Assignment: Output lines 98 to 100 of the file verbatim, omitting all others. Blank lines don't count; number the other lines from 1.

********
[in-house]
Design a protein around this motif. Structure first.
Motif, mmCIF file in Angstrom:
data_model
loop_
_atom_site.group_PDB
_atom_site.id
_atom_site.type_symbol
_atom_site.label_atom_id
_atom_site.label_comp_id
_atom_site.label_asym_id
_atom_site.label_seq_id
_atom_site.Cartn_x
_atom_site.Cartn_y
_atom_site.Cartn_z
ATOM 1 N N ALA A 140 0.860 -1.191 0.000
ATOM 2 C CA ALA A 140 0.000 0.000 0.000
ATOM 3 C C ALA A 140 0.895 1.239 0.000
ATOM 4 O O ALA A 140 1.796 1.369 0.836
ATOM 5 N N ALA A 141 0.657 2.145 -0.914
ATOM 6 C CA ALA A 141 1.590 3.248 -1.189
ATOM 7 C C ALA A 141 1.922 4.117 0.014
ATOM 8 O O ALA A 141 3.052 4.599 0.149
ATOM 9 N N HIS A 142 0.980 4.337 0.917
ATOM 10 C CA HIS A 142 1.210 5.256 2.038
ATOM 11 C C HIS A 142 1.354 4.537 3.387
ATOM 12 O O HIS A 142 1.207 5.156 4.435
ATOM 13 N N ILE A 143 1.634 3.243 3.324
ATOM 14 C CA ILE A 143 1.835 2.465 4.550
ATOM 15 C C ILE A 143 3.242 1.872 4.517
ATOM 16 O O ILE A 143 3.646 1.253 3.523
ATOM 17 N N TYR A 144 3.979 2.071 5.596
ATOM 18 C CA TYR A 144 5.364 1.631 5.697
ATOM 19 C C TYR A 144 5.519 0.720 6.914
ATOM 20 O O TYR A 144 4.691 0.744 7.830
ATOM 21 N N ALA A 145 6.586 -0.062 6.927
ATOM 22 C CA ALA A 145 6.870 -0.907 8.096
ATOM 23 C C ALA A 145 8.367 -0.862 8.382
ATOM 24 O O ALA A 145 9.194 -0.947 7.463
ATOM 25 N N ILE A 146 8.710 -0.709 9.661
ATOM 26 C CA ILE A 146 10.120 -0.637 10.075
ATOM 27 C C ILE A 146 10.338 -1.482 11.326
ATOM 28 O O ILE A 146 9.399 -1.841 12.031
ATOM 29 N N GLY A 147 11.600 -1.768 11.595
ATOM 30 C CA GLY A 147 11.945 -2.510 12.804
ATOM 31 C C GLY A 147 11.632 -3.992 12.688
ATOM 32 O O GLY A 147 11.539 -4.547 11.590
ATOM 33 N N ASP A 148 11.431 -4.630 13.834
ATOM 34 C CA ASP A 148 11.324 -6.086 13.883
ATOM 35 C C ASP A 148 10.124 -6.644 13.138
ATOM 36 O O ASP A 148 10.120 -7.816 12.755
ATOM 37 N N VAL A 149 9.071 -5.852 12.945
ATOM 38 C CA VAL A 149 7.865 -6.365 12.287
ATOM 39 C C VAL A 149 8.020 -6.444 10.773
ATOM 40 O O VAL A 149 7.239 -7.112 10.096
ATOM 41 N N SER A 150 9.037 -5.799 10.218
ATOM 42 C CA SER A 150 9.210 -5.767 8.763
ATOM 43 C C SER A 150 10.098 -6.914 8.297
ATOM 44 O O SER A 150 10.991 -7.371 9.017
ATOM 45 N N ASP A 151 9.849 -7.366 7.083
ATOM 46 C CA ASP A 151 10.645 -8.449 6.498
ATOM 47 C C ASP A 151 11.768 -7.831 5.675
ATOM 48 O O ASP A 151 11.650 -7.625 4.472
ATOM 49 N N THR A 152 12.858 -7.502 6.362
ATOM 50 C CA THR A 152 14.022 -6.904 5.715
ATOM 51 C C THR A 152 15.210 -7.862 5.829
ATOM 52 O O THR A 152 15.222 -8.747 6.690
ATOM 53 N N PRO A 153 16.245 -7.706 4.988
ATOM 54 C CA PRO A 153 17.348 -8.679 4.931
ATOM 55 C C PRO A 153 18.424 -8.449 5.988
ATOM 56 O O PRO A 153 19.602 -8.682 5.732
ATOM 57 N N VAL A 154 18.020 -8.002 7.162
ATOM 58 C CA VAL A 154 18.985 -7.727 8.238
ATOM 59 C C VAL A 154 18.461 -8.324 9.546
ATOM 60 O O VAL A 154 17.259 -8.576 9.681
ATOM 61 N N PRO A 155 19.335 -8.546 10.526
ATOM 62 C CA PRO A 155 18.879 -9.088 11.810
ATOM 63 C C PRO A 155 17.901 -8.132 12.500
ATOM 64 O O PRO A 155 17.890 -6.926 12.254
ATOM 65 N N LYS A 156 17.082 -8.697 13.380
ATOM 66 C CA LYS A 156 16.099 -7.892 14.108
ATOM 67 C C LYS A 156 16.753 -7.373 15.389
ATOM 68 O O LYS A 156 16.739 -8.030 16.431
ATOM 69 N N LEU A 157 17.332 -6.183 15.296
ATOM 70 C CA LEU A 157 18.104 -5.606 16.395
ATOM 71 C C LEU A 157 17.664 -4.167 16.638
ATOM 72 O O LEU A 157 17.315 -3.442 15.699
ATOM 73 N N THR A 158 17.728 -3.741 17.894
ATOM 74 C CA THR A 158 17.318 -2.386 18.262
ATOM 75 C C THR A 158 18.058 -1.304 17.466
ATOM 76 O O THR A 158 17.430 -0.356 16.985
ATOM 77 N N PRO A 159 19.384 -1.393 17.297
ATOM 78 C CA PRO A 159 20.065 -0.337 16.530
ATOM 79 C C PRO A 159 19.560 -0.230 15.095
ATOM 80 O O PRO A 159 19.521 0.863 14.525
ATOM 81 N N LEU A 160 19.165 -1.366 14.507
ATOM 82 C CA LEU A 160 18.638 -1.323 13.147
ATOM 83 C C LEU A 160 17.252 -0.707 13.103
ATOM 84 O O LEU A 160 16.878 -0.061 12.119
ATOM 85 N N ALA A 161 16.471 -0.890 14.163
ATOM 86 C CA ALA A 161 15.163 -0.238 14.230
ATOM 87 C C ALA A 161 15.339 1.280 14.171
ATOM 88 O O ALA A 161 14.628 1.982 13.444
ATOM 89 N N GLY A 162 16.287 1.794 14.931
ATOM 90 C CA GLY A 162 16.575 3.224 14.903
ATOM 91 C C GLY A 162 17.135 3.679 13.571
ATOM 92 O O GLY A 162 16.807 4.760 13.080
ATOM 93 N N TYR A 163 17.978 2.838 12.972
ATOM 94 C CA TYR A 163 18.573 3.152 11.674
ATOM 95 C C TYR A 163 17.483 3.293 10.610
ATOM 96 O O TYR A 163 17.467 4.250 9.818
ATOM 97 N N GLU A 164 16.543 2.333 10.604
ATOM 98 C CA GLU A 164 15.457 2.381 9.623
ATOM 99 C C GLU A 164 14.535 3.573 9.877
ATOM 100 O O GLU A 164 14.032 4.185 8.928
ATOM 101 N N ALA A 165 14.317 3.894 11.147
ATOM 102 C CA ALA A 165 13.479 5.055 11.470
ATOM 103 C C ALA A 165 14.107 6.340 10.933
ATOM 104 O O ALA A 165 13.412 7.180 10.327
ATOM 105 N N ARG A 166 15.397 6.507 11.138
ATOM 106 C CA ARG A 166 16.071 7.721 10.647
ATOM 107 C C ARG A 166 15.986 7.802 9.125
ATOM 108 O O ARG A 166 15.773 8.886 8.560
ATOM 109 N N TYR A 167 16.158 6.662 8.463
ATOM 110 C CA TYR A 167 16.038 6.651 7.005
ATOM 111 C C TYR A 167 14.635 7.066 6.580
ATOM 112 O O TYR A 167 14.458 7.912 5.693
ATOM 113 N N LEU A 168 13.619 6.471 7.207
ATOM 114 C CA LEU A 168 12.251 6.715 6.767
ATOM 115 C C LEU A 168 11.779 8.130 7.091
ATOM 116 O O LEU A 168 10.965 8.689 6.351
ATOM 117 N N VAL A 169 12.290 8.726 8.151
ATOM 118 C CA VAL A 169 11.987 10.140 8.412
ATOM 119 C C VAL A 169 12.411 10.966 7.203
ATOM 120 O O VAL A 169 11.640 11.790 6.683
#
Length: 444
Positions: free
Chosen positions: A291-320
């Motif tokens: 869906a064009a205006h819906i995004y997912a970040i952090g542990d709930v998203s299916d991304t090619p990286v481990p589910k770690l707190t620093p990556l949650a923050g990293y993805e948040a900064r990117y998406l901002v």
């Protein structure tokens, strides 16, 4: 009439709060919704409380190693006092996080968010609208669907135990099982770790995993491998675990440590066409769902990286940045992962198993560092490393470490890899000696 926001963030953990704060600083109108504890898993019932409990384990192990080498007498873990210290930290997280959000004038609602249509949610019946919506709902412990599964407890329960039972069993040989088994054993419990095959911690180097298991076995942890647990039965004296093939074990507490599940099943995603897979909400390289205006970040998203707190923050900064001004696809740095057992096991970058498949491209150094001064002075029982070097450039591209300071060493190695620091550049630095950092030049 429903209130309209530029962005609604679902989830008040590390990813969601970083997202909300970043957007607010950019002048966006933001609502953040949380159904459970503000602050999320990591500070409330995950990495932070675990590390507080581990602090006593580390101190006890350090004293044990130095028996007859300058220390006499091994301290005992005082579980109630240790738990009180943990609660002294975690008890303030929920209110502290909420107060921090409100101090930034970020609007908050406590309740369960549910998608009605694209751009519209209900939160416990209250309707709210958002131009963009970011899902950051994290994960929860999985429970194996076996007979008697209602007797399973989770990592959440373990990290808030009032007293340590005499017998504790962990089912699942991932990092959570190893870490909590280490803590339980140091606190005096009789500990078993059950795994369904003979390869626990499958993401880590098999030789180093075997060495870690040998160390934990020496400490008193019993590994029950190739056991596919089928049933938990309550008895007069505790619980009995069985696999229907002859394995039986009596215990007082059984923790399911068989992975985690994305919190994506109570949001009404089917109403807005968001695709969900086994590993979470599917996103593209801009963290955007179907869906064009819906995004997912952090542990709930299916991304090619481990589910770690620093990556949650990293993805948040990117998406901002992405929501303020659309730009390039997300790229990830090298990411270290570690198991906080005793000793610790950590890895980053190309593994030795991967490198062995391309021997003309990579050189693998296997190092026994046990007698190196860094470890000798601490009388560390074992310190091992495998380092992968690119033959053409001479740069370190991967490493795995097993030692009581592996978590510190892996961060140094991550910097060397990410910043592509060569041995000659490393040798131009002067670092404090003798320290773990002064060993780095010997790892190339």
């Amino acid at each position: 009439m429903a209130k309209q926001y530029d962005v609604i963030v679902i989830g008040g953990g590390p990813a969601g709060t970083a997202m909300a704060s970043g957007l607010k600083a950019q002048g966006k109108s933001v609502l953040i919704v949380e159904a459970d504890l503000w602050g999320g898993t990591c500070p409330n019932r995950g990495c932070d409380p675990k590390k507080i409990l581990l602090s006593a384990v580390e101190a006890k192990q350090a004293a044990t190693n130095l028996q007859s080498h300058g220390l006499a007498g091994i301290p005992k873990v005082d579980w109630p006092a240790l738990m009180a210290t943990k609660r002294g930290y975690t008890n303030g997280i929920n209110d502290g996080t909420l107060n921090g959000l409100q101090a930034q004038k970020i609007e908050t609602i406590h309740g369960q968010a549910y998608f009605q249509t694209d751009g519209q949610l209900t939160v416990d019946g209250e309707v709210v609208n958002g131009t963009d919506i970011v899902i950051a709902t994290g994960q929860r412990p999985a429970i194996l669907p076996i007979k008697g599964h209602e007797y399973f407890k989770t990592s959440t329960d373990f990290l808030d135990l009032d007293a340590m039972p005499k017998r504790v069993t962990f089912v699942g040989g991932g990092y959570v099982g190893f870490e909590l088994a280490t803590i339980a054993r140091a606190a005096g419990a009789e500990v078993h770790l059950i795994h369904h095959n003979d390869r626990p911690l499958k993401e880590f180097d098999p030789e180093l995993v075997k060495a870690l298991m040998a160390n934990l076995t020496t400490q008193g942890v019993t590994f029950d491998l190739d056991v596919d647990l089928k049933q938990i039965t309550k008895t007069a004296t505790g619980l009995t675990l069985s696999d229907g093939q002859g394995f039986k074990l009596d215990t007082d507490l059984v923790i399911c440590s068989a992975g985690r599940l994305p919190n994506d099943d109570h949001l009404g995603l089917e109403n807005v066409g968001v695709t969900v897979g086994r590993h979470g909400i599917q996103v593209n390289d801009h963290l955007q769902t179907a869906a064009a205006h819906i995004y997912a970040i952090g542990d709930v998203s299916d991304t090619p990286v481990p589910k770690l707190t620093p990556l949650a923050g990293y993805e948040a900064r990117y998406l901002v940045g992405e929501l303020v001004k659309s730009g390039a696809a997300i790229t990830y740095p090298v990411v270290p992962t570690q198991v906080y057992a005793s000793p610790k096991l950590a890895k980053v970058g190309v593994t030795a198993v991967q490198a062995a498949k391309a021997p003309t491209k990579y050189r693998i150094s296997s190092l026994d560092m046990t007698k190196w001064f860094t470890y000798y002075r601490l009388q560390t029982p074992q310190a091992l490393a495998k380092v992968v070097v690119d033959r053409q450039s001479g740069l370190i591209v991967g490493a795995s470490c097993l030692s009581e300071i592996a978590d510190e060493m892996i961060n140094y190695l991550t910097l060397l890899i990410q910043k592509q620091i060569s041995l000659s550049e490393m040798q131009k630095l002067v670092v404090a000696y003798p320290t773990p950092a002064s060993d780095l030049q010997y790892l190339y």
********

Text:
ATOM 83 C C LEU A 160 17.252 -0.707 13.103
ATOM 84 O O LEU A 160 16.878 -0.061 12.119
ATOM 85 N N ALA A 161 16.471 -0.890 14.163